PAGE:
So who was to blame for this catastrophic collapse? In Camila's Kids Company: The Inside Story, flamboyant founder Camila Batmanghelijh refused to accept any personal responsibility. Instead she blamed “a collective madness that the media, the politicians engaged in.” Her only regret was that she hadn't raised enough money.

Despite mounting pressure, she remained blindly defiant throughout this eye-opening documentary, in which director Lynn Alleway gained intimate access to the final days of a crumbling empire. Hired as a trusted confidante – she'd already made a film about Kids Company in 2005 – Alleway's role, at least as far as Batmanghelijh was concerned, was to fairly portray the truth behind the headlines. 

It was a chance for Batmanghelijh to answer her critics. In a way, she succeeded.

I've no doubt that her altruistic intentions were fundamentally sincere. And yet she emerged from Alleway's profile as a stubbornly foolish, romantic idealist whose desire to help children in need far outweighed her interest in the pragmatic details of running a major charity. Kids Company had become her own personal fiefdom.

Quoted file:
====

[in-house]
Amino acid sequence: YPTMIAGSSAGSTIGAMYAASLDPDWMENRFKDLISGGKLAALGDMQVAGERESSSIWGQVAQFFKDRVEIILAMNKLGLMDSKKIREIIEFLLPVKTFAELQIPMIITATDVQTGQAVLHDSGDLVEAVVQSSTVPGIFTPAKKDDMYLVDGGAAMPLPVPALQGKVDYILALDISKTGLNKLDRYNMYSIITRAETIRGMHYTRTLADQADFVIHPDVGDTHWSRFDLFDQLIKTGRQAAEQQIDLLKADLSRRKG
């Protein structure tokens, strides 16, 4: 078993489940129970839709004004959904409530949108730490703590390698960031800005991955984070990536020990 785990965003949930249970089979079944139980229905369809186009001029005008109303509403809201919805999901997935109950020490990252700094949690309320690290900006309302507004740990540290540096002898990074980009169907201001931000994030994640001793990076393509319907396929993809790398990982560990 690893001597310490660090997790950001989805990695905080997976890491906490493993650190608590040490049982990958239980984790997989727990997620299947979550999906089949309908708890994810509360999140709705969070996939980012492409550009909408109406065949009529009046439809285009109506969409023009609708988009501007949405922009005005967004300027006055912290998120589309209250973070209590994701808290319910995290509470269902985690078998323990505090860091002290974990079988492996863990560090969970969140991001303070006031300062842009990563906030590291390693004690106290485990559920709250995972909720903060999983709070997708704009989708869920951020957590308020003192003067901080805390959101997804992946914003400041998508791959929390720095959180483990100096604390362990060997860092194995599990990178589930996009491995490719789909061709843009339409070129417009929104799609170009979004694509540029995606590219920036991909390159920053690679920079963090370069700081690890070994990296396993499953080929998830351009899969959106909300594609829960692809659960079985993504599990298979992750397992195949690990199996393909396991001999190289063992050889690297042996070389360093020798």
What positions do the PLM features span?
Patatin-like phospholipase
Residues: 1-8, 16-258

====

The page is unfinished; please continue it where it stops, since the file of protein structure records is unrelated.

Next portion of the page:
Whenever she sought to portray herself as a victim – which was often - she unwittingly worked against her cause by cloaking herself in arrogant denial about her many errors of judgement. All she cared about was saving her staff and beneficiaries, and to hang with everything else. She lived inside a bubble of bloody-minded, well-meaning naivety

The media, according to Batmanghelijh, targeted Kids Company because it doesn't believe that disadvantaged children deserve a chance in life. Does she really believe that the media, for all its egregious faults, would go out of its way to destroy a charity for the sheer hell of it? Her delusion is rampant.